After both Rin and Shiro meet as masters of their new servants (the not-so-human individuals that fight in the War), Rin tries to give Shiro the slip just as Peeta does to Katniss before the Games. Though Peeta’s is an act and Rin doesn’t hold full meaning behind her words either, both seem to acknowledge the fact that warfare creates enemies, not friends. Shiro tries to argue with this logic, claiming, “See, I really like people like you,” and I was once again reminded of similar feelings being voiced by Peeta.

Literally my favorite part in the whole series!

As far as similarities between other characters go, I’d like to take a minute to talk about servants and victors. Servants help masters just as previous victors help tributes from the same village. There are also different kinds of servants just as there are different kinds of victors. They each have a special skill and a past they must preserve but would probably rather forget. Both Archer, Rin’s servant, and Haymitch introduce themselves to the story in the same snarky manner.

Earlier, I briefly eluded to the Hunger Games being annual. This is another key factor to consider when discussing similarities, because as we learn in episode three of Fate/stay night, the Holy Grail War has also gone on for a number of years -five, to be exact. This provides both a similarity and a difference within the two series, and as you might have guessed, plenty of the latter can be found in many instances as well. The major contrast in Fate/stay night as opposed to The Hunger Games is that masters can surrender their place in the Holy Grail War before it begins. As I’m sure we all know, this is unfortunately far from the truth in The Hunger Games. Although, one might argue that the process of volunteering for tribute in someone else’s place is much the same idea… Another contrast involving the rules of both the Holy Grail War and the Hunger Games is that in the Holy Grail War, evasion from killing may win you the War, but not the prize. This differs slightly from The Hunger Games, where Peeta tries at all costs to carry out his compassionate demeanor, but still ends up winner of 74th annual Hunger Games despite this peaceable manner of his.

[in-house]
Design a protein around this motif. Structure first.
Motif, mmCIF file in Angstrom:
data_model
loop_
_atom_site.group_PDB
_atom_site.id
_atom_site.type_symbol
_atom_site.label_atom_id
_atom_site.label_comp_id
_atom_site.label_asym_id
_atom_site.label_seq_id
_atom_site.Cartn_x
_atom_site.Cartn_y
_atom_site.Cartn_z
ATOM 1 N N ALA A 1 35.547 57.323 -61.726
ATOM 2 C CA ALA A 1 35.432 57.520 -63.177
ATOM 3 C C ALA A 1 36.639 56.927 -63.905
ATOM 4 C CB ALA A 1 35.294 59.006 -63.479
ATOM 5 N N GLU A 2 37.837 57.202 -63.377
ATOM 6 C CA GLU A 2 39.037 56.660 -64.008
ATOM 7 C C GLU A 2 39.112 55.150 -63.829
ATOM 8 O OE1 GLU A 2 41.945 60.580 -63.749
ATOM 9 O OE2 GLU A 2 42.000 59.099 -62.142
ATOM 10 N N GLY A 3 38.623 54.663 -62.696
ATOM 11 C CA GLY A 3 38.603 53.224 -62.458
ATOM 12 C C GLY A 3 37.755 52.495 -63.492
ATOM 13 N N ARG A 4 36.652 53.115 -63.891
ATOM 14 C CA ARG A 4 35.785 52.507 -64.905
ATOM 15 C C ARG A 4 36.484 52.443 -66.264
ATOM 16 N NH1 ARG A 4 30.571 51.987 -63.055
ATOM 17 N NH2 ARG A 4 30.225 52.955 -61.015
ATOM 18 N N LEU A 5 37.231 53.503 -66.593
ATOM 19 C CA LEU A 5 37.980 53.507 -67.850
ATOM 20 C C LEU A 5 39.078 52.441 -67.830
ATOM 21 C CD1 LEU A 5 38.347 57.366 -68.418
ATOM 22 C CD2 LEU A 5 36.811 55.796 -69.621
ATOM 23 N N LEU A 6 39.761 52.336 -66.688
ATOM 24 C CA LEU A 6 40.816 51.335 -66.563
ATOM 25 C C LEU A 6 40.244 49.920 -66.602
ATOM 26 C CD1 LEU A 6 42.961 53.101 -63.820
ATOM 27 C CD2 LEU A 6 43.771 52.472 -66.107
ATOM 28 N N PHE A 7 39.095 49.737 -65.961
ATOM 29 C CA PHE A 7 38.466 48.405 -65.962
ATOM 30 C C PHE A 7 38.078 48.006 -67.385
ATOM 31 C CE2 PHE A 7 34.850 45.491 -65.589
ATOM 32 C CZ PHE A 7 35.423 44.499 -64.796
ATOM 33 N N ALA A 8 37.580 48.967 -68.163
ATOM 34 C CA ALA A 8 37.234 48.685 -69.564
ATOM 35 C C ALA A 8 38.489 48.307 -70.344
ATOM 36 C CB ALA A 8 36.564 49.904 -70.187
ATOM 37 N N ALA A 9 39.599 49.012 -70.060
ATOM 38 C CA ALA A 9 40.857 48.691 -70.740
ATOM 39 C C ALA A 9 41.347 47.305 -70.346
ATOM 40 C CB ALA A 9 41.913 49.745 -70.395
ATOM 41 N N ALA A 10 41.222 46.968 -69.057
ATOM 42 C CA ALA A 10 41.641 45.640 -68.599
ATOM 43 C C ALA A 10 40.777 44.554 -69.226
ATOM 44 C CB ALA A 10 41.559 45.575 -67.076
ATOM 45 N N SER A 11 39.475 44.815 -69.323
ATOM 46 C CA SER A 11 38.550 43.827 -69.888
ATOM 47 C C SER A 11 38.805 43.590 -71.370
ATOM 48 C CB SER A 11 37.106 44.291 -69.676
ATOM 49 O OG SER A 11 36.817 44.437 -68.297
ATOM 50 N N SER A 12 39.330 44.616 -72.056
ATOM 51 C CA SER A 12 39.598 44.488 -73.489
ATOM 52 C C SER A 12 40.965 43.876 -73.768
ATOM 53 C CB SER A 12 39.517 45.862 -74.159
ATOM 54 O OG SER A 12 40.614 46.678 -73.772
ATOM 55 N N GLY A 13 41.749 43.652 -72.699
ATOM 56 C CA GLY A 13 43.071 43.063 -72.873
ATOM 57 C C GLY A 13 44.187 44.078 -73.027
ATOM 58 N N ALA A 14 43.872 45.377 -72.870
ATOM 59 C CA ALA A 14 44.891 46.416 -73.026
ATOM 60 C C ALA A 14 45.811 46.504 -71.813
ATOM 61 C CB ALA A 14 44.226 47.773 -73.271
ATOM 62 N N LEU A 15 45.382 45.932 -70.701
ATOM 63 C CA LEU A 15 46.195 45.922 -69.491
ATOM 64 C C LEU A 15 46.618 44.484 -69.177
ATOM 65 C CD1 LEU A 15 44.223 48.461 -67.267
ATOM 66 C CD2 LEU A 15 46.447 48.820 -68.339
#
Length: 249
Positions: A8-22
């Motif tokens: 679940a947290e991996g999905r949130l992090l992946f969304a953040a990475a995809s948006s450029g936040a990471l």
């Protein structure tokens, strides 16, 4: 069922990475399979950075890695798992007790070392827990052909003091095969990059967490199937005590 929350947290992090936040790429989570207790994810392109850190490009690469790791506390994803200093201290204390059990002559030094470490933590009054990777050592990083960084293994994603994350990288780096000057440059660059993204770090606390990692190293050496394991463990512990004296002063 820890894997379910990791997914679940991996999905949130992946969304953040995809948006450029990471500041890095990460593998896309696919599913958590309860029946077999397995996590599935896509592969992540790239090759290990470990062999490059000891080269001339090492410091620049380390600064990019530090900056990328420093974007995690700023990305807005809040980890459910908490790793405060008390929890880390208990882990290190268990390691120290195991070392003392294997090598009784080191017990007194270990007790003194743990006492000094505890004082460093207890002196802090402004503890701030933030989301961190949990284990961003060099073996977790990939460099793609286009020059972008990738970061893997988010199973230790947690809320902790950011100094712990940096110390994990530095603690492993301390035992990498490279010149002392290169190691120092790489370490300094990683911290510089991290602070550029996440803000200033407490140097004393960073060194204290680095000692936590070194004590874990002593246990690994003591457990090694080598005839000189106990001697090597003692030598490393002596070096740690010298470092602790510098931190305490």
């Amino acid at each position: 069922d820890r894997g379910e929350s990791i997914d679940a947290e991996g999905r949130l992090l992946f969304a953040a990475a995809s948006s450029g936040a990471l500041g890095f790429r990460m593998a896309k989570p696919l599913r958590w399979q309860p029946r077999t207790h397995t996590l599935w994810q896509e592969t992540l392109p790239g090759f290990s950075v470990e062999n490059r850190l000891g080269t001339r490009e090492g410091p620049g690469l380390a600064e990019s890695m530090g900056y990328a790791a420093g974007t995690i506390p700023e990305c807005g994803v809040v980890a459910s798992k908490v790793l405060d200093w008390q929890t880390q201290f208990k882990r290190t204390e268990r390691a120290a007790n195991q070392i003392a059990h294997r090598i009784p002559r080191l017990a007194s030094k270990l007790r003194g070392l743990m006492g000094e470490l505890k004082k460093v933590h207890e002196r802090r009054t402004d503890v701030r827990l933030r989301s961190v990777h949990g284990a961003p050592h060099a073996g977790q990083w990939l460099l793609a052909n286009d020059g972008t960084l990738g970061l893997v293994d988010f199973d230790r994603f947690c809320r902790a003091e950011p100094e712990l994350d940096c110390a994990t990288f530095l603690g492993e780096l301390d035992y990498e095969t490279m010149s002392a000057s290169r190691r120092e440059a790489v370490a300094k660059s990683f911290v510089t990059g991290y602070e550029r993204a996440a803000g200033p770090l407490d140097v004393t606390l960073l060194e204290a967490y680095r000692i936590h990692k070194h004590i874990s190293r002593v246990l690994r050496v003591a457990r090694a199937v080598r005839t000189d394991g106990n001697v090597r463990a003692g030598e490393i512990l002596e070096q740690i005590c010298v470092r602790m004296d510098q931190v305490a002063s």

Dissimilarities aside, the rest of this article was written with the purpose of proving something. I hope you can now clearly see that if you like The Hunger Games, your sure to like Fate/stay night: Unlimited Blade Works and vise versa.You may wonder why I’ve chosen to post such an article after watching just four episodes on my own time. It’s obvious that more similarities and contrasts are yet to come. But the reason for my doing so is quite simple really. I’ve chosen to do so for two reasons. First, for those just beginning the series, this article might provide a bit of background to relive some of the confusion found in the prologue (also referred to as episode one on Netflix). The second reason I chose to post this content right away is because, like me, I’m sure you’re all allergic to spoilers. Getting four episodes in allowed me to cover the basis for the article, while restraining from spoiling the whole series for future watchers. Speaking of spoilers, the footnote below explains something I personally did to avoid them.**

What about you? Do you see the similarities between the two series? If you’ve read/watched through both, are there any more you can think of?

**I apologize for the lack of pictures from Fate/stay night in this post. Really trying my best to avoid spoilers, as I think I already encountered a couple when googling Shiro’s last name D: